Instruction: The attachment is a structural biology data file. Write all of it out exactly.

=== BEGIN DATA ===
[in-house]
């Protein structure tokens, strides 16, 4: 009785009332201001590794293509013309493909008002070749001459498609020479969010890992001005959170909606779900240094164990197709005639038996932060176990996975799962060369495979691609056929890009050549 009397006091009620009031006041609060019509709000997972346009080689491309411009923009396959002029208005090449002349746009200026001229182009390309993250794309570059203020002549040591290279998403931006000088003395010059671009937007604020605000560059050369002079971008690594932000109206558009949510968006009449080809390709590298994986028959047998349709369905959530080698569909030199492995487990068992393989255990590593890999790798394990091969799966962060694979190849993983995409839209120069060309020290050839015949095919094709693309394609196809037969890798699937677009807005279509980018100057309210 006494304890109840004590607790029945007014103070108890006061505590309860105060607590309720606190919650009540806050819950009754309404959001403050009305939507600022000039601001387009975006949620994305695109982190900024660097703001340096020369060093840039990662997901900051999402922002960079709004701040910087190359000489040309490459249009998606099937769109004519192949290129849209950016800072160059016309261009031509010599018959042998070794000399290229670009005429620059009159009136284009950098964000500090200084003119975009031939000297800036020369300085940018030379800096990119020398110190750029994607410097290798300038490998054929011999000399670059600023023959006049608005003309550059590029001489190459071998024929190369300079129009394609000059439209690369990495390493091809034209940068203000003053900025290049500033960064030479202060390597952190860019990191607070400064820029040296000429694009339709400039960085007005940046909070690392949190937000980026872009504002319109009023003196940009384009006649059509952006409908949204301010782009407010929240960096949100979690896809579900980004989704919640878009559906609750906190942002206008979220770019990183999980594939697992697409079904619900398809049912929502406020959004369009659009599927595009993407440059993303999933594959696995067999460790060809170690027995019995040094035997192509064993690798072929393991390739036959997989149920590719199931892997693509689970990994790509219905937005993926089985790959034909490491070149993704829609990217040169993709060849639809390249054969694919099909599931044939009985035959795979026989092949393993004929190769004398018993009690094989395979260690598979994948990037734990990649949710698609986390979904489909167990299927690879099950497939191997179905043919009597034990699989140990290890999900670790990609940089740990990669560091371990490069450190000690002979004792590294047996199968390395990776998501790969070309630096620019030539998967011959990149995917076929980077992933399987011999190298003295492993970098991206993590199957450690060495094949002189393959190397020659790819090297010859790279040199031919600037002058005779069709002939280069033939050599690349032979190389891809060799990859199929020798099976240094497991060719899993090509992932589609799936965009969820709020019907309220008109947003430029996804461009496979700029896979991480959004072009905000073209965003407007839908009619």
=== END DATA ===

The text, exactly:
[in-house]
């Protein structure tokens, strides 16, 4: 009785009332201001590794293509013309493909008002070749001459498609020479969010890992001005959170909606779900240094164990197709005639038996932060176990996975799962060369495979691609056929890009050549 009397006091009620009031006041609060019509709000997972346009080689491309411009923009396959002029208005090449002349746009200026001229182009390309993250794309570059203020002549040591290279998403931006000088003395010059671009937007604020605000560059050369002079971008690594932000109206558009949510968006009449080809390709590298994986028959047998349709369905959530080698569909030199492995487990068992393989255990590593890999790798394990091969799966962060694979190849993983995409839209120069060309020290050839015949095919094709693309394609196809037969890798699937677009807005279509980018100057309210 006494304890109840004590607790029945007014103070108890006061505590309860105060607590309720606190919650009540806050819950009754309404959001403050009305939507600022000039601001387009975006949620994305695109982190900024660097703001340096020369060093840039990662997901900051999402922002960079709004701040910087190359000489040309490459249009998606099937769109004519192949290129849209950016800072160059016309261009031509010599018959042998070794000399290229670009005429620059009159009136284009950098964000500090200084003119975009031939000297800036020369300085940018030379800096990119020398110190750029994607410097290798300038490998054929011999000399670059600023023959006049608005003309550059590029001489190459071998024929190369300079129009394609000059439209690369990495390493091809034209940068203000003053900025290049500033960064030479202060390597952190860019990191607070400064820029040296000429694009339709400039960085007005940046909070690392949190937000980026872009504002319109009023003196940009384009006649059509952006409908949204301010782009407010929240960096949100979690896809579900980004989704919640878009559906609750906190942002206008979220770019990183999980594939697992697409079904619900398809049912929502406020959004369009659009599927595009993407440059993303999933594959696995067999460790060809170690027995019995040094035997192509064993690798072929393991390739036959997989149920590719199931892997693509689970990994790509219905937005993926089985790959034909490491070149993704829609990217040169993709060849639809390249054969694919099909599931044939009985035959795979026989092949393993004929190769004398018993009690094989395979260690598979994948990037734990990649949710698609986390979904489909167990299927690879099950497939191997179905043919009597034990699989140990290890999900670790990609940089740990990669560091371990490069450190000690002979004792590294047996199968390395990776998501790969070309630096620019030539998967011959990149995917076929980077992933399987011999190298003295492993970098991206993590199957450690060495094949002189393959190397020659790819090297010859790279040199031919600037002058005779069709002939280069033939050599690349032979190389891809060799990859199929020798099976240094497991060719899993090509992932589609799936965009969820709020019907309220008109947003430029996804461009496979700029896979991480959004072009905000073209965003407007839908009619």